By Conner Jensen
A staple in today’s hip-hop scene Ramble Jon Krohn, better known by his stage name of RJD2, has been a prominent figure in this genre since 2002. With his debut album Deadringer, released under Definitive Jux, he stirred up a lot of attention and praise. Since this debut he has bounced around to different labels and collaborating with different rappers to produce a discography of epic proportions, including nine studio albums and a handful of production credits, collaborations and EPs. Krohn is making his mark on 2016 with the release of Dame Fortune on his own record company RJ’s Electrical Connections. This work, much like his previous ones, is choke full of features and entrancing beats that are sure to have you punching the repeat button on your music player.
What better way to enter an album of this caliber than a portal? “A Portal Inward” opens the doors of this work with an ominous sustained bass, which is soon accompanied by the strung out waning of a synthesizer. Soon, there’s a crash and the synthesizer begins to become less strung out and begins to pick up tempo as higher pitched keys tinker in and out. This exciting yet trance-like entry into the album sets an overall tone for the rest of the album. As the journey through the portal is over, the listener is almost immediately immersed into the world of sound they just entered. “A Roaming Hoard” bursts in with fast-paced percussion, horns and synthesizer. The synthesizer plays a tune that is reminiscent of Middle Eastern music, while the horns contrast it with a jazzy excitement to create a fun and fast-paced beginning to the album. While there is a vocal accompaniment on this song, it’s obvious that it isn’t the major focus of the sound as it serves as more of a background to the sound that was initially set. This whirlwind of instruments fades as the horn blows a couple more times before fading into silence.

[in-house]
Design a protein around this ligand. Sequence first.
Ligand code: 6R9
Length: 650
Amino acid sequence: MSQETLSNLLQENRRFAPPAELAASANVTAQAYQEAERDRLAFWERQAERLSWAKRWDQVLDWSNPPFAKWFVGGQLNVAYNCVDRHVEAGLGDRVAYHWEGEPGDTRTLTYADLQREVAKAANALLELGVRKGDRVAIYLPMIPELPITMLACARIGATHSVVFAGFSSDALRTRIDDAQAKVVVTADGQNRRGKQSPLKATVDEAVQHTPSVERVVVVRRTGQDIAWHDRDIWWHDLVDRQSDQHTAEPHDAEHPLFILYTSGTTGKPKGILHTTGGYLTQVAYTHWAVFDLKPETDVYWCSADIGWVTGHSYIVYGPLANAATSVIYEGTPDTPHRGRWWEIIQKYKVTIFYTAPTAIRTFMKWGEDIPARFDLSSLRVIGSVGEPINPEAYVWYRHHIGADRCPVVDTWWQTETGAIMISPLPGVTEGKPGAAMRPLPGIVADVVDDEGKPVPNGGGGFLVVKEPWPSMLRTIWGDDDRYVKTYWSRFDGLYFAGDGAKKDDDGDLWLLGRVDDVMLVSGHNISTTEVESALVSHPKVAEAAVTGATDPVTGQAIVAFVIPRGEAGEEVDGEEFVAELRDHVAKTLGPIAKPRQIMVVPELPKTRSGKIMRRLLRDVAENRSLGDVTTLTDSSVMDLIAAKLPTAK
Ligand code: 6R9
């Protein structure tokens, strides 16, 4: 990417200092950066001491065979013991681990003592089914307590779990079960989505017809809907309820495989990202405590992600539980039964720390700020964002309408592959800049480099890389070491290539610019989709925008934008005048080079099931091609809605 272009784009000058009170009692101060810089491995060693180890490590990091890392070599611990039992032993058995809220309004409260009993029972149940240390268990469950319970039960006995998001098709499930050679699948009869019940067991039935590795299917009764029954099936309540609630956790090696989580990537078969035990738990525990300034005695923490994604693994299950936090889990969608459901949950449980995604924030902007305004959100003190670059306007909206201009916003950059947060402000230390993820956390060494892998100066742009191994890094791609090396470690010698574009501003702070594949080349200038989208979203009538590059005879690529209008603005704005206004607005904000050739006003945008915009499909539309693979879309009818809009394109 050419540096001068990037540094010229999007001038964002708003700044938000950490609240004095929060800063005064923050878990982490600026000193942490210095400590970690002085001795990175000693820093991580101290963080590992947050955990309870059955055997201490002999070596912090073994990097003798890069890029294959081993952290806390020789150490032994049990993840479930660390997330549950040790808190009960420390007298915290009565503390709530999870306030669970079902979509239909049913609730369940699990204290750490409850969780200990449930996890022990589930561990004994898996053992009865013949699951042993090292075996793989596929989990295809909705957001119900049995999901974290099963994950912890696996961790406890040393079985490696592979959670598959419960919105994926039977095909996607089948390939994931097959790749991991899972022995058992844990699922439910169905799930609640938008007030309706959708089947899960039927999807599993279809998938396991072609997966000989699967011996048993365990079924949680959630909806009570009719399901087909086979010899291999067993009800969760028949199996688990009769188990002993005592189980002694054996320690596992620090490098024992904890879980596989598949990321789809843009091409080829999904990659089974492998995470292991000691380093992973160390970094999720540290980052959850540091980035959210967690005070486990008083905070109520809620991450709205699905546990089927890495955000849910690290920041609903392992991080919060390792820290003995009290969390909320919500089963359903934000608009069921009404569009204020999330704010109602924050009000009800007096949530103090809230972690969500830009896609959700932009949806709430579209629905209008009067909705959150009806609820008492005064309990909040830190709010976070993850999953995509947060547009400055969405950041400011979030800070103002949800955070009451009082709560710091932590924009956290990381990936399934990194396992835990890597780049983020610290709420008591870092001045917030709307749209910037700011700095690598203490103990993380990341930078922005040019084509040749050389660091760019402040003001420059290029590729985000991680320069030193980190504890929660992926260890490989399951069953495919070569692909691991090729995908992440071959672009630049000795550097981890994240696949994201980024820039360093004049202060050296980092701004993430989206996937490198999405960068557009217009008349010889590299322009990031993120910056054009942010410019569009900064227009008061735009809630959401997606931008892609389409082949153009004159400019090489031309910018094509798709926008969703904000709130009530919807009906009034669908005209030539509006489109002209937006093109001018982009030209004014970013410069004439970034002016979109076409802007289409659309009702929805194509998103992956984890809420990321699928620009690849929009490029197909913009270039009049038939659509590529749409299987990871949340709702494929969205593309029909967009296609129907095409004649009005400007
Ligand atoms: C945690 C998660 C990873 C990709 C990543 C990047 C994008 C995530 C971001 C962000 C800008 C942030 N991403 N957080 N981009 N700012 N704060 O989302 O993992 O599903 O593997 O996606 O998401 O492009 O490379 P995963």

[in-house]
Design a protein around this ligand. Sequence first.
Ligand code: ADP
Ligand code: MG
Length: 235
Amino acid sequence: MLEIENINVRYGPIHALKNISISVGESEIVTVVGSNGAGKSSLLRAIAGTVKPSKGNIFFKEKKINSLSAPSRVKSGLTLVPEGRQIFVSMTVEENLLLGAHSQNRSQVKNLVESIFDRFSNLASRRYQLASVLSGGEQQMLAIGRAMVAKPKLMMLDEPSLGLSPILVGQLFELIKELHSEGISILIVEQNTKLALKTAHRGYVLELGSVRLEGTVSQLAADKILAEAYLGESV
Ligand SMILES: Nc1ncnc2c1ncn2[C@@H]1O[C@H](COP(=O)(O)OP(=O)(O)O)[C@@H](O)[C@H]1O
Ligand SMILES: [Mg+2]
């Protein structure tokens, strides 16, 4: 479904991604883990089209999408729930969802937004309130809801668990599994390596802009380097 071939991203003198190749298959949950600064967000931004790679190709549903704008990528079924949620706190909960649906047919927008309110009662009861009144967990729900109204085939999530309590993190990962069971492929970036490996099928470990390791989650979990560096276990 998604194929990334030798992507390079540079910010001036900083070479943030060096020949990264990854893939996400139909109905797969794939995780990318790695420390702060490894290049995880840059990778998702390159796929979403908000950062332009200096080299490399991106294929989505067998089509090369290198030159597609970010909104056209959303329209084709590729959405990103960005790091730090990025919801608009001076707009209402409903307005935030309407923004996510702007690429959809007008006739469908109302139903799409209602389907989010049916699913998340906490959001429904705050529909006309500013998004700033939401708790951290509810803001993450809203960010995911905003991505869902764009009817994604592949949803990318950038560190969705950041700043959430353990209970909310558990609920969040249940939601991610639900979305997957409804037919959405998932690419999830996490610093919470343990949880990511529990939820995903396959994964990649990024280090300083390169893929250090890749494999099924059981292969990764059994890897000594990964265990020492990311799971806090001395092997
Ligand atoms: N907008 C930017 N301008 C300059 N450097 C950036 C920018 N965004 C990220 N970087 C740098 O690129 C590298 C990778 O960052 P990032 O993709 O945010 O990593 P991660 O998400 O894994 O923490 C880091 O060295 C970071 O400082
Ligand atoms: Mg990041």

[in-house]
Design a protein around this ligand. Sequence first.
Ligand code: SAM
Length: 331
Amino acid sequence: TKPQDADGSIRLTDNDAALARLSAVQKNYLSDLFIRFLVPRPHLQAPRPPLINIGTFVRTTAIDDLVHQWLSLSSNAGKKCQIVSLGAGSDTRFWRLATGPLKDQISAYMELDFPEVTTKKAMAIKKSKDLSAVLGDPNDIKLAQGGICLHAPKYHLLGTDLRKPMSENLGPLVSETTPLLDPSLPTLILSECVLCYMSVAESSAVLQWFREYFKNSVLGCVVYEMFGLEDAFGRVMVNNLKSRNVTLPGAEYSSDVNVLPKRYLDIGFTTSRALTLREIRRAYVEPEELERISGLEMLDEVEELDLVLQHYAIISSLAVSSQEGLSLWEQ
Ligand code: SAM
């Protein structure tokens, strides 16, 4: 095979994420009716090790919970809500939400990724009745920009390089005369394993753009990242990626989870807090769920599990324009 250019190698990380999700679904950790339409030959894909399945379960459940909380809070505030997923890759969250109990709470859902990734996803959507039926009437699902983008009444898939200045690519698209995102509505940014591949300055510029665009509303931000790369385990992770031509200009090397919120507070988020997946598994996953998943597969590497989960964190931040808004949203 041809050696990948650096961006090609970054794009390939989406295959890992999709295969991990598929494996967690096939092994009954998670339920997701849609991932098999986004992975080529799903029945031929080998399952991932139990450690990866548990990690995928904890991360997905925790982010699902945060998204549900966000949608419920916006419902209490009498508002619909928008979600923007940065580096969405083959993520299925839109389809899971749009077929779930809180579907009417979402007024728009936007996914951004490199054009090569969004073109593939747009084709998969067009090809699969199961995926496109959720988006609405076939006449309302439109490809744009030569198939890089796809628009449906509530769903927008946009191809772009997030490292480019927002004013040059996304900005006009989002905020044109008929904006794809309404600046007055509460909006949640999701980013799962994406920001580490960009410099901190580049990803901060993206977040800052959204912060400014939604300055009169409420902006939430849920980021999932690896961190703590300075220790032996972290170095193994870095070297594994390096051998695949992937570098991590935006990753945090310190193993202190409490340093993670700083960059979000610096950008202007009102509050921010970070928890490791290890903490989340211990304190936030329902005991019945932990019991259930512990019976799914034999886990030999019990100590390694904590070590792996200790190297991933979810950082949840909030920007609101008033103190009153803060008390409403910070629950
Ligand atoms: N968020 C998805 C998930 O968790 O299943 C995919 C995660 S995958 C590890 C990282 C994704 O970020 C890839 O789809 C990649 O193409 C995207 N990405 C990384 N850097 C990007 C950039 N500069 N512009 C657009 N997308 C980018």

Suddenly, an electric guitar plays a funky 4-count rift and violins begin to dominate the melody of “Peace of What.” Percussion soon follows, as does the vocal accompaniment of Jordan Brown, whose smooth voice adds the edge this song needed. The inner-working of piano, bell-dominated percussion and violins maintains a more melancholy tone than the previous song, but is sure to have the listener dancing more than the previous. The piano tinkers out and the singing follows, setting the stage for “The Sheboygan Left.” A drum beat breaks the silence, and soon the bass and piano join into the melody. This blend creates an odd blues sound that the listener is bound to enjoy. Horns and background harmonizing soon begin to develop the song fully, adding a soulful sound to the strange-yet-satisfying mix. Halfway through the song, the synthesizer takes center stage and the other instruments bow out and allow the synthesizer and various sound effects to transition into the vibe-infused ending of the song. The tempo slows and the guitar passionately strums away before the background singers come back in to pick the pace back up and close the song on a more uplifted note. As the songs switch, a voice breaks in to introduce “A New Theory.”